Don’t Be a Victim of Misconfiguration maxkabakov/iStock/Thinkstock

Don’t Be a Victim of Misconfiguration

With the constant stream of breaking news headlines about the latest security breach, it often sounds as though every attack is extremely sophisticated, similar to Stuxnet. Reality tells us though that many breaches are due to simple and completely avoidable human error.

Consider the recent data breach of An official at the US Department of Health and Human Services said the server had a low security setting as it was never meant to be connected to the internet. Compounding the problem, this server was guarded by the default password which doesn’t even meet minimum security standards. While every breach is not this simple, it does make you think about the need for a structured process and basic password management rules. What measures does your organization take to avoid security breaches like the one I describe from

For my initial IdeaXchange post, I’m sharing a list of 10 things I have seen many organizations implement to ensure they are not a victim of misconfiguration. I’m curious to know which practices your organization employs. Are there other measures you use that I should add to my list? 

Acknowledge the insider threat. Many of the serious security attacks come from people inside the organization or from privileged accounts that have been compromised. Any accounts not explicitly tied to a person (shared accounts) should be automatically managed, and no user(s) should retain long-term knowledge of the credentials.

Rename the built-in super user account. While this is not possible on all systems, when an option, you should consider renaming the built-in administrative accounts.  This ensures someone with knowledge of systems you use is not given a logon name to attempt a breach.

Change the built-in super user password. Changing default passwords on built-in privileged accounts is probably an obvious security step that most administrators take. Security breaches due to default passwords on these accounts, however, are one of the top reasons servers become compromised. One of my customers has a policy that once the device is accessible, the default password is changed.  This applies to test, development, pre-production staging, and production systems. The point of the policy is to change the password immediately.

Implement strong authentication. For shared, super-user, and other types of privileged accounts, strongly consider implementing two-factor authentication. Passwords alone are never sufficient to protect accounts with privileged access to sensitive systems and/or data.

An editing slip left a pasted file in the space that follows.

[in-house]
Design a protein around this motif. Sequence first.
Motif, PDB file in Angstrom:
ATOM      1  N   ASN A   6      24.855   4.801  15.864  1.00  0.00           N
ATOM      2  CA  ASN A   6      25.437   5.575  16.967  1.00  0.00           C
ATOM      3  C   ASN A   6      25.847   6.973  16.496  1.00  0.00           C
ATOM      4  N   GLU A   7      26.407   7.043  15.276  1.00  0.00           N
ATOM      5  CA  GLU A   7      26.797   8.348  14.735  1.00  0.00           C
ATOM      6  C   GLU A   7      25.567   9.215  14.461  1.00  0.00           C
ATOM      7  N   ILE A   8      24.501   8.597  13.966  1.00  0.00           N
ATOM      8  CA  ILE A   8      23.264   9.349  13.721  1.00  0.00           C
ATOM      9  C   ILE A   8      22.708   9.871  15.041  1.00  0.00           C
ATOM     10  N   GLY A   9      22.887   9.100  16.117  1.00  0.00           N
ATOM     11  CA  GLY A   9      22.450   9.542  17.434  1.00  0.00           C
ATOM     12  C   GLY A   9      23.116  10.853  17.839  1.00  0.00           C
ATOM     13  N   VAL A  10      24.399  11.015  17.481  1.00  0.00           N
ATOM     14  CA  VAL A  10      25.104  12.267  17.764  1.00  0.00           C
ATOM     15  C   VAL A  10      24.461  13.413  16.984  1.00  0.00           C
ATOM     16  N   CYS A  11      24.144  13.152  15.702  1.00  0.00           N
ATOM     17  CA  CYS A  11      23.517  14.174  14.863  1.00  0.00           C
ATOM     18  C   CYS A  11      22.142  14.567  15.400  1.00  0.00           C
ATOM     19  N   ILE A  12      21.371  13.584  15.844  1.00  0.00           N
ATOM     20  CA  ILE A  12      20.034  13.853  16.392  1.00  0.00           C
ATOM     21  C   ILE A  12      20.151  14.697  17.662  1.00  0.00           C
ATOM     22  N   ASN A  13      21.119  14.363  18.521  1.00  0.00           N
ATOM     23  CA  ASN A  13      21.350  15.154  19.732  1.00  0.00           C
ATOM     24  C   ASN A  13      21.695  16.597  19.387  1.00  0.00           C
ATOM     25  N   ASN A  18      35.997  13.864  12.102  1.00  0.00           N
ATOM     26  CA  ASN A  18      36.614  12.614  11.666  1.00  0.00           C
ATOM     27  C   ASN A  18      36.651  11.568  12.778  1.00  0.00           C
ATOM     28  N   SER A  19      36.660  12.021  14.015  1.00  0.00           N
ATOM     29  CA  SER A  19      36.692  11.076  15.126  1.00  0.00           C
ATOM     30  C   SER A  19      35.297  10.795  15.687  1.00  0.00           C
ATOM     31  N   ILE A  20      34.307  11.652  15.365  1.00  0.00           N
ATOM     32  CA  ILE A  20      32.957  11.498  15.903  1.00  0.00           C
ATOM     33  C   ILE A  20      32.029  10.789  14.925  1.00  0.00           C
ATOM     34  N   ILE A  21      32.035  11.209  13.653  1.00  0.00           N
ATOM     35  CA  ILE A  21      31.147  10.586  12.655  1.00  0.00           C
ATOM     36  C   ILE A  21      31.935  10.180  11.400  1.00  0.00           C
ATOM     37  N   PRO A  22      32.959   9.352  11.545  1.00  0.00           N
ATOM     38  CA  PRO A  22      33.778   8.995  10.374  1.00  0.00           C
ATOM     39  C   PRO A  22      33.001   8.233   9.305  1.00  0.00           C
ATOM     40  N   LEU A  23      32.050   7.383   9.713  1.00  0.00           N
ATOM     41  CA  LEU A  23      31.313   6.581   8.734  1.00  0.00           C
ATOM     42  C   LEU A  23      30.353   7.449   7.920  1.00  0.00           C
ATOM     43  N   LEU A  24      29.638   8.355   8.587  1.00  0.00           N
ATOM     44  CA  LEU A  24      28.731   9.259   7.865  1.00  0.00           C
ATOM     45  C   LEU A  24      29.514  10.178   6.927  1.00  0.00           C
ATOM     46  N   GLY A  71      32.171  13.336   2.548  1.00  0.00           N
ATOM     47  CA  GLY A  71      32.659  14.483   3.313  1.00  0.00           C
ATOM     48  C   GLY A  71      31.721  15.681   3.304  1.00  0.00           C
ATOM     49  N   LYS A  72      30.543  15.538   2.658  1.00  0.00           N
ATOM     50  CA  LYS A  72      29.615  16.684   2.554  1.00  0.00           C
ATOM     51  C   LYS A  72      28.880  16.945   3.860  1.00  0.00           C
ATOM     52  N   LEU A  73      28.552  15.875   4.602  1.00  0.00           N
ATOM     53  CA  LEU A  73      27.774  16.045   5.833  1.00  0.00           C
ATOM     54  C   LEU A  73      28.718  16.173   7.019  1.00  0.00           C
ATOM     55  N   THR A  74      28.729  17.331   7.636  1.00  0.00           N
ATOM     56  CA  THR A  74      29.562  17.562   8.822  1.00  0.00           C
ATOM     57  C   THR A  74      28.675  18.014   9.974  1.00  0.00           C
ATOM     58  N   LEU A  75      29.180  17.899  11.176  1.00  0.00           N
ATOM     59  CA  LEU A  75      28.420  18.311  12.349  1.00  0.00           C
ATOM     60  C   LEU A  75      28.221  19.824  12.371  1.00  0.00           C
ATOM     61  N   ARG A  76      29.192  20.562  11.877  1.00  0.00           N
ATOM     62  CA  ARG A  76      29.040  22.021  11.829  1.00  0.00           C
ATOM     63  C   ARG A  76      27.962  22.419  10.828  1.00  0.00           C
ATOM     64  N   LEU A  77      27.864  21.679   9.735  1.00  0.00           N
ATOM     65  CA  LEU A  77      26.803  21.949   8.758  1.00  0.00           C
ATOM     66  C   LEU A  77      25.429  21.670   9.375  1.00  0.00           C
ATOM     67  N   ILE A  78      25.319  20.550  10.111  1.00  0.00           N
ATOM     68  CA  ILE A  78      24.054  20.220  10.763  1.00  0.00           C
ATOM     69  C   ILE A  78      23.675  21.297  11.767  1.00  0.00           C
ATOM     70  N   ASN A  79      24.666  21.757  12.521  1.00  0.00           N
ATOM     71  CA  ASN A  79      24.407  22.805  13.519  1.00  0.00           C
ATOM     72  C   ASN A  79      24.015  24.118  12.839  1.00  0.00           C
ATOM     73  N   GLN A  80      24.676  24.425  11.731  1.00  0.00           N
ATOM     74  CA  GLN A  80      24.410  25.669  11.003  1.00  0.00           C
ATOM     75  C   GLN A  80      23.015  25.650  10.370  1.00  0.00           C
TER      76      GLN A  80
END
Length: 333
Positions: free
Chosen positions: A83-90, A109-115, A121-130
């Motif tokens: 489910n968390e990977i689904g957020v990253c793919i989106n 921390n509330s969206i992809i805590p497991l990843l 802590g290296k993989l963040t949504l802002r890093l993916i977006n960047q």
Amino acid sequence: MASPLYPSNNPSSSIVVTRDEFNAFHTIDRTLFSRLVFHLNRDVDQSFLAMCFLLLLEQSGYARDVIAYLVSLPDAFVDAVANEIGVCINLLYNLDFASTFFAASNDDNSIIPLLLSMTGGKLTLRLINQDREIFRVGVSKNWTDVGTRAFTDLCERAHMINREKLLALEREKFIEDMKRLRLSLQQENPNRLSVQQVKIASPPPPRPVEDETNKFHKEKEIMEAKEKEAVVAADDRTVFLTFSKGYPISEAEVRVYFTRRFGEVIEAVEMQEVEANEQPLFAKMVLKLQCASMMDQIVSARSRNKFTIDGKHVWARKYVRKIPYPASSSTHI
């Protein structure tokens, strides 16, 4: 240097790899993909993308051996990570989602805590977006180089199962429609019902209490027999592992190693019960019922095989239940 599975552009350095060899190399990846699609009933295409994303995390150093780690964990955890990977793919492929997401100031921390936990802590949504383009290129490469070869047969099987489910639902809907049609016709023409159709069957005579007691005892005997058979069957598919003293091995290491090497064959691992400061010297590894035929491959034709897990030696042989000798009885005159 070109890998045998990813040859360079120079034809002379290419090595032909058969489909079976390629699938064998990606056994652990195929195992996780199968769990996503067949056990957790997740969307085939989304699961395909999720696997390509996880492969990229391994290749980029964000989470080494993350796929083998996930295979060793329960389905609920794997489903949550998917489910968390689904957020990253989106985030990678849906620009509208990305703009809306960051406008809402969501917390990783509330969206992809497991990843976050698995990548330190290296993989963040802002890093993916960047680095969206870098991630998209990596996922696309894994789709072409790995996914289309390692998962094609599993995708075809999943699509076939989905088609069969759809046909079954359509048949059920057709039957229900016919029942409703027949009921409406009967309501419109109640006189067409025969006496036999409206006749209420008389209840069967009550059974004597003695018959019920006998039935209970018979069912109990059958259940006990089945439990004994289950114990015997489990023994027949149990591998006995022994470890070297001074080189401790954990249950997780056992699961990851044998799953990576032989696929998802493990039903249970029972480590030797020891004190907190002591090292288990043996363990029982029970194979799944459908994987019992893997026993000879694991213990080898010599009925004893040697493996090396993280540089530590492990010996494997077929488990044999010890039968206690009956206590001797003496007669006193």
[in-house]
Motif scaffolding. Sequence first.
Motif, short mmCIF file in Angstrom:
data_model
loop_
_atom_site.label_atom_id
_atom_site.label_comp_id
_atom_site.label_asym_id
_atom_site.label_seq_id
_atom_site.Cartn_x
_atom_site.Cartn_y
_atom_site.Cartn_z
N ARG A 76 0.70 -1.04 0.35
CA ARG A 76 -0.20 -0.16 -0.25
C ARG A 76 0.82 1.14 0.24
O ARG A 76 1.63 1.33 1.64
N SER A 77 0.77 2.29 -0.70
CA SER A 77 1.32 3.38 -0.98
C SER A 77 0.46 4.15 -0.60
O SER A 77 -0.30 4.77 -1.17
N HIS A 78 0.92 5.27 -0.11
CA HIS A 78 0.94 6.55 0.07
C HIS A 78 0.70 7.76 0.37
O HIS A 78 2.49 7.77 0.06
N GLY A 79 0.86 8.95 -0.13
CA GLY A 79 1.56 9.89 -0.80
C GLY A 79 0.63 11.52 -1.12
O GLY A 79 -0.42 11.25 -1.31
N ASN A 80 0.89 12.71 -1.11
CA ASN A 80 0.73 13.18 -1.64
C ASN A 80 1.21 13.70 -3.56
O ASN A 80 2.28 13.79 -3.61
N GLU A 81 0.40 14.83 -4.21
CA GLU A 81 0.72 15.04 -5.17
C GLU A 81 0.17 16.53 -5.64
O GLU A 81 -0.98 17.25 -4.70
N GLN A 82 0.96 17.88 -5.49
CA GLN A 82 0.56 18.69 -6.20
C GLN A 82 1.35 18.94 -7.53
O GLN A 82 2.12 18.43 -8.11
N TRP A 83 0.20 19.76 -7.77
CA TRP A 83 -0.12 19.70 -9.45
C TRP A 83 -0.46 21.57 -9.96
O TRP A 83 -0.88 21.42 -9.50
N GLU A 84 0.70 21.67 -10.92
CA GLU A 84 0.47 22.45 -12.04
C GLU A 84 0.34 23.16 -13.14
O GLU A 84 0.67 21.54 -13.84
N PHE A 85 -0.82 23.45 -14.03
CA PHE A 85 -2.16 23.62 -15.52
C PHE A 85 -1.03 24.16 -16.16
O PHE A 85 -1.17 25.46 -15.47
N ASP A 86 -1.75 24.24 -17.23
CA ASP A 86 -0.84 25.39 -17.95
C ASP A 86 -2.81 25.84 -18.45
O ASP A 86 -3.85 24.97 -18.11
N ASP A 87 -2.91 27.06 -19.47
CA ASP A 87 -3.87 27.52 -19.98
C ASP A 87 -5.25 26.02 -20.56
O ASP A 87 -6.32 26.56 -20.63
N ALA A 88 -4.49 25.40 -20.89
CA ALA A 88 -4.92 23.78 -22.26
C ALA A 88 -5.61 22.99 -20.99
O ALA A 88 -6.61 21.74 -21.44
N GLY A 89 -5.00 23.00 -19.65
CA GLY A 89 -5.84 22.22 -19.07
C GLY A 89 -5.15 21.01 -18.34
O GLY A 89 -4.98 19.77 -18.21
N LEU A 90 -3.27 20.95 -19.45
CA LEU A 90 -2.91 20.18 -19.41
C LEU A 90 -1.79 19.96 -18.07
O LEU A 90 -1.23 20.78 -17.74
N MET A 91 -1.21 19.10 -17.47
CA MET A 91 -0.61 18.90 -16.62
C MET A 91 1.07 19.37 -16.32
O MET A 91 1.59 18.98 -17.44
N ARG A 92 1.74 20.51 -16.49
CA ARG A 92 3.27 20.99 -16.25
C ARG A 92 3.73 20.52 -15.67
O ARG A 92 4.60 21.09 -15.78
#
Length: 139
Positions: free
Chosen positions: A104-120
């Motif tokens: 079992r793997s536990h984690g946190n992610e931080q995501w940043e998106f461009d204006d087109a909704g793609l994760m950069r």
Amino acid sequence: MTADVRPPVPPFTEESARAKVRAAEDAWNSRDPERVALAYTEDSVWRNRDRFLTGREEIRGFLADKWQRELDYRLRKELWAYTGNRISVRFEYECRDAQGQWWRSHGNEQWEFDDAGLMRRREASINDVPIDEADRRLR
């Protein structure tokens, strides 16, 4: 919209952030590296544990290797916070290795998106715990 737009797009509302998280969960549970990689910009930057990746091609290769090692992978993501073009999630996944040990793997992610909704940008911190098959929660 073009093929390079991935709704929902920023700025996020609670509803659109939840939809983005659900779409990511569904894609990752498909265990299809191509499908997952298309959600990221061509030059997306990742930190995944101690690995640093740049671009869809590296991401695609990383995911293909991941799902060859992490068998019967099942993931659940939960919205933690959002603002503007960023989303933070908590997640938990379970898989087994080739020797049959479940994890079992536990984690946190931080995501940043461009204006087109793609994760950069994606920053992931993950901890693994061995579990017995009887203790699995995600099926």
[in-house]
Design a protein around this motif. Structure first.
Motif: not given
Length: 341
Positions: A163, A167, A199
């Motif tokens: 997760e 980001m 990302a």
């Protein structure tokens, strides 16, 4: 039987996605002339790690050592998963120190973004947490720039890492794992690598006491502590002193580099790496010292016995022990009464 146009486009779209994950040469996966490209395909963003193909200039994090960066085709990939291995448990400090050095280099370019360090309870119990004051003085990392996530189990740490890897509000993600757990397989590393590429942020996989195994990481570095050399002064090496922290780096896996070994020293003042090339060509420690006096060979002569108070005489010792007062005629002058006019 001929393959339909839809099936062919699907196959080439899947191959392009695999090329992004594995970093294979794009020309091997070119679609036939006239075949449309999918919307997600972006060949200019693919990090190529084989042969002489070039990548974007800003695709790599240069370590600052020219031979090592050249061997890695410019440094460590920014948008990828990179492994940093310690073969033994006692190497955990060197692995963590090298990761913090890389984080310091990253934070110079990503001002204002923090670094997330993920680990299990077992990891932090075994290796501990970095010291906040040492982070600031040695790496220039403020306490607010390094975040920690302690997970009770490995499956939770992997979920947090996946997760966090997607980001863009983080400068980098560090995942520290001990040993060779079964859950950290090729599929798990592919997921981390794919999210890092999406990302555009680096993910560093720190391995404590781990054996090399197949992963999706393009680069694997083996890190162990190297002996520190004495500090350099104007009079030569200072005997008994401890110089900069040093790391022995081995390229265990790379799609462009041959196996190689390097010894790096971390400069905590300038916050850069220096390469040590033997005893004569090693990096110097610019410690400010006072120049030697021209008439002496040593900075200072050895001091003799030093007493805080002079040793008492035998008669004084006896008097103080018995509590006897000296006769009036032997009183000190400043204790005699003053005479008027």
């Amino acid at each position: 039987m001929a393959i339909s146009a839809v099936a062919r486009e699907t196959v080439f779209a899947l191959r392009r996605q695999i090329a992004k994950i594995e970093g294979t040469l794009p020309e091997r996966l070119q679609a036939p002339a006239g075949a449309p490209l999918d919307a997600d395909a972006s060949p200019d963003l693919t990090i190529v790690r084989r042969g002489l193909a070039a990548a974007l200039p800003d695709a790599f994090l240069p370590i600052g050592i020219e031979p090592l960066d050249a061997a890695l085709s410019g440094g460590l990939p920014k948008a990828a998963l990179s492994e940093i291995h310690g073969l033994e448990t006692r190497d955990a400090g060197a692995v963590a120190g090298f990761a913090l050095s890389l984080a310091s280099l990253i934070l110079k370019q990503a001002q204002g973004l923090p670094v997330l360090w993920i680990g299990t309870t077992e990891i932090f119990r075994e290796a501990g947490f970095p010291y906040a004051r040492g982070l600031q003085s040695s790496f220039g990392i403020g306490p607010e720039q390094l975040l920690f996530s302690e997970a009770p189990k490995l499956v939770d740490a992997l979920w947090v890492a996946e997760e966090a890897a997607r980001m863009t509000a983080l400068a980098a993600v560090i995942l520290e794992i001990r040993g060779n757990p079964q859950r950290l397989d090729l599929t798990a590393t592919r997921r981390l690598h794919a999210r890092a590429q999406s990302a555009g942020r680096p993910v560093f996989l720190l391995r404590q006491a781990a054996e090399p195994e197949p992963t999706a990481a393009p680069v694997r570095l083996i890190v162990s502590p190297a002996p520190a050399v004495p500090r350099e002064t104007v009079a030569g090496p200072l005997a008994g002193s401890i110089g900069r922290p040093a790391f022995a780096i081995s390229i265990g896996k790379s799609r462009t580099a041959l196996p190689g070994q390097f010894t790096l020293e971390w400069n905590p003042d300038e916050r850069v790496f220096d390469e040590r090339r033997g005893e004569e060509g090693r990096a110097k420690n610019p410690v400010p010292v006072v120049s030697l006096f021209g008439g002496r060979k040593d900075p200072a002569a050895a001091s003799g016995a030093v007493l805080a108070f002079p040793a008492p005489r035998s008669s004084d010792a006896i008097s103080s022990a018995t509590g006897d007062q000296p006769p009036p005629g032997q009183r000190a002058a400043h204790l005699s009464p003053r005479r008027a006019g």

Insist on automatic and frequent password changes. Remove the human element, and offload password management to a trusted system.  This will ensure passwords are changed on a frequent and scheduled basis. More importantly, no user should know the password until they move through a password management system to retrieve the password, which creates an audited event. Additionally, all password management solutions should automatically change passwords once the request duration has expired.

Use Complex Passwords. When a password cracking engine has access to hundreds of millions of user generated passwords, this eliminates the idea a user will come up with a password scheme that is not present in these freely available databases. Let a password manager handle the random password generation. Use long, 25+ character, complex passwords that are a mixture of numbers, uppercase letters, lowercase letter, and symbols. If you need to better understand the risk read "Why passwords have never been weaker—and crackers have never been stronger" by Dan Goodin.

Implement least privileged access. If your organization is serious about security, then users are not admins on their desktops and even administrators only have rights to what is needed to perform their job. Reduce the number and type of privileged user accounts, where possible.

Record all access to sensitive systems. When a system is part of a sensitive element of the business process, any logons and privileged activities should be recorded. This process helps maintain compliance and ensures an easily reviewable audit trail exists. More advanced techniques also include session recording, keystroke logging and behavior analytics enhance audit processes, and improves prioritization and responsiveness to potential threats.

Restrict logon locations. Using firewalls restricts what IP addresses are authorized to perform RDP or SSH type connections. Some companies go as far to restrict administrative accounts to doing console-only logons.

Use bastion host and jump servers - The concept of jump servers or bastion hosts are common in many organizations. In the jump server scenario, it is the only host permitted to connect to a number of hosts over specific ports. A bastion host is a bridge between a corporate network and a secure enclave. Users can only connect/communicate with systems in a secure enclave by connecting to a bastion host.

What do you do to avoid making basic security mistakes?

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